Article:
Gunmen have rounded up and shot dead dozens of civilians in central Afghanistan, prompting protests by locals about government failure to protect them.
Hundreds of protesters o October 26 marched through the center of Firoz Koh, the provincial capital of Ghor Province, to vent their frustrations after gunmen killed 31 civilians, including six children.
Local officials blamed the killings on the Islamic State (IS) extremist group, although no group has yet to claim responsibility for the attack.
Officials said the attack may have been a revenge strike after a local IS commander was killed the previous day.
Mohammad, one of the protesters, said most of the victims were shepherds. He said at least six people were still missing.
"The Taliban together with Daesh took more than 2,500 sheep from our villages,” he said, using an Arabic acronym for the IS group. "Last night they killed 30 civilians, including six children, that had gone to collect wood near a nearby mountain."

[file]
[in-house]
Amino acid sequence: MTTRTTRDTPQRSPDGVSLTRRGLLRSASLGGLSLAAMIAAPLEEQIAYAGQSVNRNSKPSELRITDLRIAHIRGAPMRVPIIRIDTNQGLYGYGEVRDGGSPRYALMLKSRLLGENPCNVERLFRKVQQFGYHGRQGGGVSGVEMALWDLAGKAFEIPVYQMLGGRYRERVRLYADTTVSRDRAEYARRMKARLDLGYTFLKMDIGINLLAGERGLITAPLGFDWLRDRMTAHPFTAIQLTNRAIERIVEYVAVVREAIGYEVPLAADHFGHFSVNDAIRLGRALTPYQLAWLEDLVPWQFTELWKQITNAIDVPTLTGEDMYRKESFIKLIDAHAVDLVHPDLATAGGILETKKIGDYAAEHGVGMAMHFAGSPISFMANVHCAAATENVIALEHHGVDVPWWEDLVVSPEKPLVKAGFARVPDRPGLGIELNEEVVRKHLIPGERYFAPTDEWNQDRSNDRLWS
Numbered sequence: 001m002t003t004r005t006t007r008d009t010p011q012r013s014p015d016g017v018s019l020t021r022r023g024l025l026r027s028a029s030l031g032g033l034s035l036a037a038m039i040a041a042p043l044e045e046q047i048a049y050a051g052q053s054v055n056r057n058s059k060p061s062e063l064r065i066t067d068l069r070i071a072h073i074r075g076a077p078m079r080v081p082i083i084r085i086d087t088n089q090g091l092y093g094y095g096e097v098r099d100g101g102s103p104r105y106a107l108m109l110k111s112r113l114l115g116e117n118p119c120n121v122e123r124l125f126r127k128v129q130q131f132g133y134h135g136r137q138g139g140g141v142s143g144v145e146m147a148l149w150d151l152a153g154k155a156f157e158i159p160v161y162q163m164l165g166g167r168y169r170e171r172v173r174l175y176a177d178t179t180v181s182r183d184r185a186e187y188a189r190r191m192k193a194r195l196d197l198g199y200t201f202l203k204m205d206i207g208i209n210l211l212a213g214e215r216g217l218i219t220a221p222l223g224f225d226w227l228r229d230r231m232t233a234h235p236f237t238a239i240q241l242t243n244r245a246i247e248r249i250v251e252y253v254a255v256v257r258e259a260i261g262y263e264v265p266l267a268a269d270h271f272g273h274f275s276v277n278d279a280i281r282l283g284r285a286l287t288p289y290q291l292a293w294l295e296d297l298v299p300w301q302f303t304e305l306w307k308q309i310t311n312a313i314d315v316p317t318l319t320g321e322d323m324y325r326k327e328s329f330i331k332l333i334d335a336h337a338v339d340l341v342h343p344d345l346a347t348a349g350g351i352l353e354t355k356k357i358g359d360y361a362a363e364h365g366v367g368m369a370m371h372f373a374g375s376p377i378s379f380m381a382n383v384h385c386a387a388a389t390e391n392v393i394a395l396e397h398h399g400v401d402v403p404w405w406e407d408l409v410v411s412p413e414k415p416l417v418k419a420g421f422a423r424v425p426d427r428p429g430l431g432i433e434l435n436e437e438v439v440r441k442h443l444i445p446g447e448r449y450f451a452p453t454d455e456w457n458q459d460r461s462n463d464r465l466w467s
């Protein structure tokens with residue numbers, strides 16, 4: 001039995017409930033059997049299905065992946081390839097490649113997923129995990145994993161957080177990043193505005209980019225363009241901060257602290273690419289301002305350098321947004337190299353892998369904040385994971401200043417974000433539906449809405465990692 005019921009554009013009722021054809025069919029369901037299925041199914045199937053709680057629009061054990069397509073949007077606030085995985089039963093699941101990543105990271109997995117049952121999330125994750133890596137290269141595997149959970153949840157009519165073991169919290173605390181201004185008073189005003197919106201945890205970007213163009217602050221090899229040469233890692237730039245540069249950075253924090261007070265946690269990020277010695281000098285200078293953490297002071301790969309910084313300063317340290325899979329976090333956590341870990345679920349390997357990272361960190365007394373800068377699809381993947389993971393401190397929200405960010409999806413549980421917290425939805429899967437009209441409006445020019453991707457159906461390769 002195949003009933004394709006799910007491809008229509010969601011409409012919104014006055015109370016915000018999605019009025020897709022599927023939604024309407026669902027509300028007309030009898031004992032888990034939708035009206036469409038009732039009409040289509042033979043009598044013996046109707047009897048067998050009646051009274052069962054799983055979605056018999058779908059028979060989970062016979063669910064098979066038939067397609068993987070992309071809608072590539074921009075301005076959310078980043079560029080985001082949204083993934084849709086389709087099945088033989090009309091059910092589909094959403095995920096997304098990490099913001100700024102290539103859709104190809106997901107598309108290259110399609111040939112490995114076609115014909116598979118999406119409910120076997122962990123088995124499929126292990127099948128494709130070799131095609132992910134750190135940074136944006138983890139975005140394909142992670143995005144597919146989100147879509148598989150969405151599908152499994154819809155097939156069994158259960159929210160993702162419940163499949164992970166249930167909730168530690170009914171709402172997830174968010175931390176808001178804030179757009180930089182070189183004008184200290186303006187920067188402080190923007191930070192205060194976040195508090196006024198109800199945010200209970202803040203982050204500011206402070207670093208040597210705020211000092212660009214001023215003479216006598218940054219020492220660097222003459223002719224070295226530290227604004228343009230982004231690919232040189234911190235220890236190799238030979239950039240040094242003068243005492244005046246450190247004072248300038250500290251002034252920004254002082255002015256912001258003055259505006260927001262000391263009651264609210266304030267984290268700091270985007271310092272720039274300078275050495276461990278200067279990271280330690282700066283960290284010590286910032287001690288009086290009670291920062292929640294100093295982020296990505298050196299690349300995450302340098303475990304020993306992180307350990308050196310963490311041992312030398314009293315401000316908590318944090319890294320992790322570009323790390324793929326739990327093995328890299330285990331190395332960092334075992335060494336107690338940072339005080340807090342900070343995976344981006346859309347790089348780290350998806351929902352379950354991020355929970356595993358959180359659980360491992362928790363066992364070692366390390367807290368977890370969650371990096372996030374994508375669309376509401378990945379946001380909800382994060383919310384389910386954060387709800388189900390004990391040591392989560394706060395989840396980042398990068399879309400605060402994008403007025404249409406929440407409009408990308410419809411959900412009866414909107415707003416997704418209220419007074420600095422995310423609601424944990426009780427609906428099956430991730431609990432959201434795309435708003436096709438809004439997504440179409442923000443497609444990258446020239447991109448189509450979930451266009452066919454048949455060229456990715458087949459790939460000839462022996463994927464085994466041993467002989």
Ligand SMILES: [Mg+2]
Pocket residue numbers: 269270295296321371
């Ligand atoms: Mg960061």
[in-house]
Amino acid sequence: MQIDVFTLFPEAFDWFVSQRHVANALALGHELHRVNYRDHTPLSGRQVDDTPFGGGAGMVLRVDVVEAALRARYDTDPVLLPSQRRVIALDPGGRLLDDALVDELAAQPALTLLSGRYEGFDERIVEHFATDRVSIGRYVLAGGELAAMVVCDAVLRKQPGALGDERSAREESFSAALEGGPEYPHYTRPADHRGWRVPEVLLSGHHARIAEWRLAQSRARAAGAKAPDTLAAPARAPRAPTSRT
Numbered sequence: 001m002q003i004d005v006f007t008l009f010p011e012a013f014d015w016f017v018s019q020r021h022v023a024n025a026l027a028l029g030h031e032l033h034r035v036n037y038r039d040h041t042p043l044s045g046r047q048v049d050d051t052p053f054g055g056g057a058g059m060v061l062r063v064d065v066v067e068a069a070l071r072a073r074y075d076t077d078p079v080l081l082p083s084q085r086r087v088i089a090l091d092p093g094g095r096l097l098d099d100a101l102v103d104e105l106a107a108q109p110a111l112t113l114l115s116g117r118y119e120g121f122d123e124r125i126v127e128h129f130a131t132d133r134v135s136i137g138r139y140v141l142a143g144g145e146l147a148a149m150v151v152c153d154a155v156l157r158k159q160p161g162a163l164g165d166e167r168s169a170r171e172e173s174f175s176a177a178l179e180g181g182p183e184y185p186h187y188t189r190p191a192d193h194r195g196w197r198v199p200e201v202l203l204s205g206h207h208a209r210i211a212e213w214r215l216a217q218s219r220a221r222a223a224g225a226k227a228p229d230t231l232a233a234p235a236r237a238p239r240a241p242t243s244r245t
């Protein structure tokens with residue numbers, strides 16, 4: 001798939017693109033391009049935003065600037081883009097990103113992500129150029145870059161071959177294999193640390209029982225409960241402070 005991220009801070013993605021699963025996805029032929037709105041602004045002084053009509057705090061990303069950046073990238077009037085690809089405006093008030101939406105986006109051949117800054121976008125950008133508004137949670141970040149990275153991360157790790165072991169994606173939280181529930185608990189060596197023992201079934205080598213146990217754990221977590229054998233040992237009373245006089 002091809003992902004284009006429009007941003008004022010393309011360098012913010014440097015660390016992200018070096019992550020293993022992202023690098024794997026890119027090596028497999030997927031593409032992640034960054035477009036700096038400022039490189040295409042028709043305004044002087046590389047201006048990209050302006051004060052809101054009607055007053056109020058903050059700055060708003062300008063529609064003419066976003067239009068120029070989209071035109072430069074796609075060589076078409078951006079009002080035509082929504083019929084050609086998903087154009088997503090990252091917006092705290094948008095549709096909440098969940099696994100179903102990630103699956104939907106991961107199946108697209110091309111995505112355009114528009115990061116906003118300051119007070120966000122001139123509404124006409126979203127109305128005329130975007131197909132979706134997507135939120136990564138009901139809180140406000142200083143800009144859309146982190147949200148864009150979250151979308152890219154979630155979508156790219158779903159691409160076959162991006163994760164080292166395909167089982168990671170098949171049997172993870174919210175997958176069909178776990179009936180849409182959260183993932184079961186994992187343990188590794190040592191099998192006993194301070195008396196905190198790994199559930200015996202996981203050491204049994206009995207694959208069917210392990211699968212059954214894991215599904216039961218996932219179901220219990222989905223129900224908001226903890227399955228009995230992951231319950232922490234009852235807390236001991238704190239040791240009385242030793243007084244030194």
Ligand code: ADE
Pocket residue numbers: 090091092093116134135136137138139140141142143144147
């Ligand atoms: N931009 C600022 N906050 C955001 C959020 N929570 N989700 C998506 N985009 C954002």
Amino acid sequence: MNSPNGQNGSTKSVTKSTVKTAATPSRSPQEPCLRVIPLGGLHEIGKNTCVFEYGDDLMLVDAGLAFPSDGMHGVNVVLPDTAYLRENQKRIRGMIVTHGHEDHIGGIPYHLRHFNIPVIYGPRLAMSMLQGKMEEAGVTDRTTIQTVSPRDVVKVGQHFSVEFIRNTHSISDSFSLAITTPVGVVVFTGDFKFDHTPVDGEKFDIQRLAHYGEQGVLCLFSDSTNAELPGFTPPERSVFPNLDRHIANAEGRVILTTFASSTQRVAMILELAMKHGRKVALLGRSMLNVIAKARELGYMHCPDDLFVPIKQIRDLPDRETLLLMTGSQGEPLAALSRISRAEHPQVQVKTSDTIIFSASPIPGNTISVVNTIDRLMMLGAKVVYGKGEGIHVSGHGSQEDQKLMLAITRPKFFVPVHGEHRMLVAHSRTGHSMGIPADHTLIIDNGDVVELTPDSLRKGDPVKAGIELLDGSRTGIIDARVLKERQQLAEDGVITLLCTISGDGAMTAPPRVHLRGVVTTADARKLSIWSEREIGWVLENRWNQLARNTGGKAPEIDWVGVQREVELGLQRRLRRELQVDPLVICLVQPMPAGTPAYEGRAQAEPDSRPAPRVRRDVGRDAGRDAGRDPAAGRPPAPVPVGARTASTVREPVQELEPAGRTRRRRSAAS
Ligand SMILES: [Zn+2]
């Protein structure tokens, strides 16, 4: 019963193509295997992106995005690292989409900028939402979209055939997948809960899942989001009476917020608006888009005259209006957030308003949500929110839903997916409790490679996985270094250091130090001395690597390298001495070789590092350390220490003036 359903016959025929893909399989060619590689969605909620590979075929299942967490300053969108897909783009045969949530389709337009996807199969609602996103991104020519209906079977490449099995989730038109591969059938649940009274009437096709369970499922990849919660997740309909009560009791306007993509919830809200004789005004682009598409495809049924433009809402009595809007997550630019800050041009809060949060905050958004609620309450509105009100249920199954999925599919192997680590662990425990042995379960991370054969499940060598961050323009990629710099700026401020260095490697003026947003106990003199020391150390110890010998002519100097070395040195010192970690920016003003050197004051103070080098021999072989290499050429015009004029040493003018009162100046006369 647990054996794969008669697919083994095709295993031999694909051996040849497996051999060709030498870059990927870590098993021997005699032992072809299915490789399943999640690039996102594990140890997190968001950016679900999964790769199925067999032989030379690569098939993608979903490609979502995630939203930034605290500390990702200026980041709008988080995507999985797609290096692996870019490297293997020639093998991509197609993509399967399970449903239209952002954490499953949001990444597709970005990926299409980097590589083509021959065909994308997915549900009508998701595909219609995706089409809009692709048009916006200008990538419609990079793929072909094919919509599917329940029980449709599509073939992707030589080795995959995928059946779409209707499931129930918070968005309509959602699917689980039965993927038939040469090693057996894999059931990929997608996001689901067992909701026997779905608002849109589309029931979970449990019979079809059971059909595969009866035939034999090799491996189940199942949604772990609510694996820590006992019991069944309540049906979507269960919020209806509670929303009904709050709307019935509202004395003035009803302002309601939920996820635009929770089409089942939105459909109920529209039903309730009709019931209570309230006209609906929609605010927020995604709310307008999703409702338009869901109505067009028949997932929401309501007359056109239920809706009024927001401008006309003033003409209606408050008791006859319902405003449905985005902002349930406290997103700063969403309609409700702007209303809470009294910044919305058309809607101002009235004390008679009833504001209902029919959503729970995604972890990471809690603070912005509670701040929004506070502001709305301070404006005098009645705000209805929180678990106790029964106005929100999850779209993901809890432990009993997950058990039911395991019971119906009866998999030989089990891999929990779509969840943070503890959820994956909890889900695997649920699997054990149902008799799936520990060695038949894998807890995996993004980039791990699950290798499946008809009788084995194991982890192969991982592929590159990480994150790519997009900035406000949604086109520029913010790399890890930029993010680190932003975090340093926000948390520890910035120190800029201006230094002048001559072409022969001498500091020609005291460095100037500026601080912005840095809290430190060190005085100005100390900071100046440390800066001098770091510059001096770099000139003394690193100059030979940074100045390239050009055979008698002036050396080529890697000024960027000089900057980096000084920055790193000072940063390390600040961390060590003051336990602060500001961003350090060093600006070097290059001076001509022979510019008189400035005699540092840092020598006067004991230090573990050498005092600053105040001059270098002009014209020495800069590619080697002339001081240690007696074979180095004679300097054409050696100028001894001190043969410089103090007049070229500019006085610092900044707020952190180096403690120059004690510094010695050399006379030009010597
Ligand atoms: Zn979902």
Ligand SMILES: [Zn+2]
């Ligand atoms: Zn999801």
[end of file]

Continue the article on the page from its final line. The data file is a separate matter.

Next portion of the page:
The Taliban, which denied responsibility, said the killings appeared to have been provoked by ethnic rivalries fueled by a row over grazing and livestock.
Ghor is a poor and mountainous province with deep ethnic and tribal divisions and illegal armed groups operate with impunity.
The central province of Ghor has not been a major center for IS militants. The militant group has so far been largely confined to the eastern province of Nangarhar.
Afghan President Ashraf Ghani's office strongly condemned the attack, saying that "once again, the enemies of the Afghan people carried out another attack on civilians and killed innocent people."
The United Nations condemned the incident as an "atrocity."
Amnesty International denounced the killings as a "horrendous crime."
"There can be no justification whatsoever for targeting and killing civilians. The victims and their families deserve justice," the rights group said, calling for an independent investigation.
With reporting by AFP, AP, and Reuters